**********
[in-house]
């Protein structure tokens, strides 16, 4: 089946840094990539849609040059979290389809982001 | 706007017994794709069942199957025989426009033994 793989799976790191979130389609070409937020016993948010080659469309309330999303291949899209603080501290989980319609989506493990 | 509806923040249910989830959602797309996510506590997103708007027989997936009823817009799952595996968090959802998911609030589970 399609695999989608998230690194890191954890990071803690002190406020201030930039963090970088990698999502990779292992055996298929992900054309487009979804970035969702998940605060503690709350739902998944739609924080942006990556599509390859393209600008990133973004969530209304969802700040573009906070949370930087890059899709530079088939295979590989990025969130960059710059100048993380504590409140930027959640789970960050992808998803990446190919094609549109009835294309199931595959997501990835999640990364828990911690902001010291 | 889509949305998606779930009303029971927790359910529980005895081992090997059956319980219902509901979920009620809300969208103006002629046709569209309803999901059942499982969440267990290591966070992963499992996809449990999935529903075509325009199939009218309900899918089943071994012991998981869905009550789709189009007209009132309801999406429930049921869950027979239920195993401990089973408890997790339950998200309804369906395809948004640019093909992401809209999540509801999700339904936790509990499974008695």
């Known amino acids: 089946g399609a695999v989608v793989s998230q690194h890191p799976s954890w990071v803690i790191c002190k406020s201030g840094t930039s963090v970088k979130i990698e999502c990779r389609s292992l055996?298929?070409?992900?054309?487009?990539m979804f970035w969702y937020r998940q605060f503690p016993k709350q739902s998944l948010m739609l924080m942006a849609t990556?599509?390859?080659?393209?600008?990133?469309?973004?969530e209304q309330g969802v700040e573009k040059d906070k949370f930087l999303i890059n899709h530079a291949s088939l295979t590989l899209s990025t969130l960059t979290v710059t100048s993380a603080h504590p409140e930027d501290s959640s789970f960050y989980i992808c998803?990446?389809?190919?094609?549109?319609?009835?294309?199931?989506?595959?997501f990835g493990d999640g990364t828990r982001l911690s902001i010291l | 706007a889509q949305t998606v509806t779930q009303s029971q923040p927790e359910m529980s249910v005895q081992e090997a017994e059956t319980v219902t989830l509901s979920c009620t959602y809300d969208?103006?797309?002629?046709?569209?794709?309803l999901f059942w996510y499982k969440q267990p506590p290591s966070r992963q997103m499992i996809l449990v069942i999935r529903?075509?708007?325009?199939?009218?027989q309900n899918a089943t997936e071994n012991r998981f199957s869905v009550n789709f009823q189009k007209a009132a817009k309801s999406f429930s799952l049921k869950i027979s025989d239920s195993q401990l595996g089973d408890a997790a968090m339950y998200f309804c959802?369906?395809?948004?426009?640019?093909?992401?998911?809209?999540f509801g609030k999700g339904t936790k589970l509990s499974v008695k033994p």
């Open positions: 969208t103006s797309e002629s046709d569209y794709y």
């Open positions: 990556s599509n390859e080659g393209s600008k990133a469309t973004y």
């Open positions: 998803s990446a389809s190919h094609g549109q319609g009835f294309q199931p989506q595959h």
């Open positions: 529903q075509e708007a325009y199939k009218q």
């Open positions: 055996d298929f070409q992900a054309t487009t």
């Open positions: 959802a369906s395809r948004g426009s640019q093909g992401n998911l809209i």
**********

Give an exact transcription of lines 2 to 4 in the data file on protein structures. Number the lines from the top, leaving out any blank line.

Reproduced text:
């Protein structure tokens, strides 16, 4: 089946840094990539849609040059979290389809982001 | 706007017994794709069942199957025989426009033994 793989799976790191979130389609070409937020016993948010080659469309309330999303291949899209603080501290989980319609989506493990 | 509806923040249910989830959602797309996510506590997103708007027989997936009823817009799952595996968090959802998911609030589970 399609695999989608998230690194890191954890990071803690002190406020201030930039963090970088990698999502990779292992055996298929992900054309487009979804970035969702998940605060503690709350739902998944739609924080942006990556599509390859393209600008990133973004969530209304969802700040573009906070949370930087890059899709530079088939295979590989990025969130960059710059100048993380504590409140930027959640789970960050992808998803990446190919094609549109009835294309199931595959997501990835999640990364828990911690902001010291 | 889509949305998606779930009303029971927790359910529980005895081992090997059956319980219902509901979920009620809300969208103006002629046709569209309803999901059942499982969440267990290591966070992963499992996809449990999935529903075509325009199939009218309900899918089943071994012991998981869905009550789709189009007209009132309801999406429930049921869950027979239920195993401990089973408890997790339950998200309804369906395809948004640019093909992401809209999540509801999700339904936790509990499974008695």
């Known amino acids: 089946g399609a695999v989608v793989s998230q690194h890191p799976s954890w990071v803690i790191c002190k406020s201030g840094t930039s963090v970088k979130i990698e999502c990779r389609s292992l055996?298929?070409?992900?054309?487009?990539m979804f970035w969702y937020r998940q605060f503690p016993k709350q739902s998944l948010m739609l924080m942006a849609t990556?599509?390859?080659?393209?600008?990133?469309?973004?969530e209304q309330g969802v700040e573009k040059d906070k949370f930087l999303i890059n899709h530079a291949s088939l295979t590989l899209s990025t969130l960059t979290v710059t100048s993380a603080h504590p409140e930027d501290s959640s789970f960050y989980i992808c998803?990446?389809?190919?094609?549109?319609?009835?294309?199931?989506?595959?997501f990835g493990d999640g990364t828990r982001l911690s902001i010291l | 706007a889509q949305t998606v509806t779930q009303s029971q923040p927790e359910m529980s249910v005895q081992e090997a017994e059956t319980v219902t989830l509901s979920c009620t959602y809300d969208?103006?797309?002629?046709?569209?794709?309803l999901f059942w996510y499982k969440q267990p506590p290591s966070r992963q997103m499992i996809l449990v069942i999935r529903?075509?708007?325009?199939?009218?027989q309900n899918a089943t997936e071994n012991r998981f199957s869905v009550n789709f009823q189009k007209a009132a817009k309801s999406f429930s799952l049921k869950i027979s025989d239920s195993q401990l595996g089973d408890a997790a968090m339950y998200f309804c959802?369906?395809?948004?426009?640019?093909?992401?998911?809209?999540f509801g609030k999700g339904t936790k589970l509990s499974v008695k033994p």
């Open positions: 969208t103006s797309e002629s046709d569209y794709y």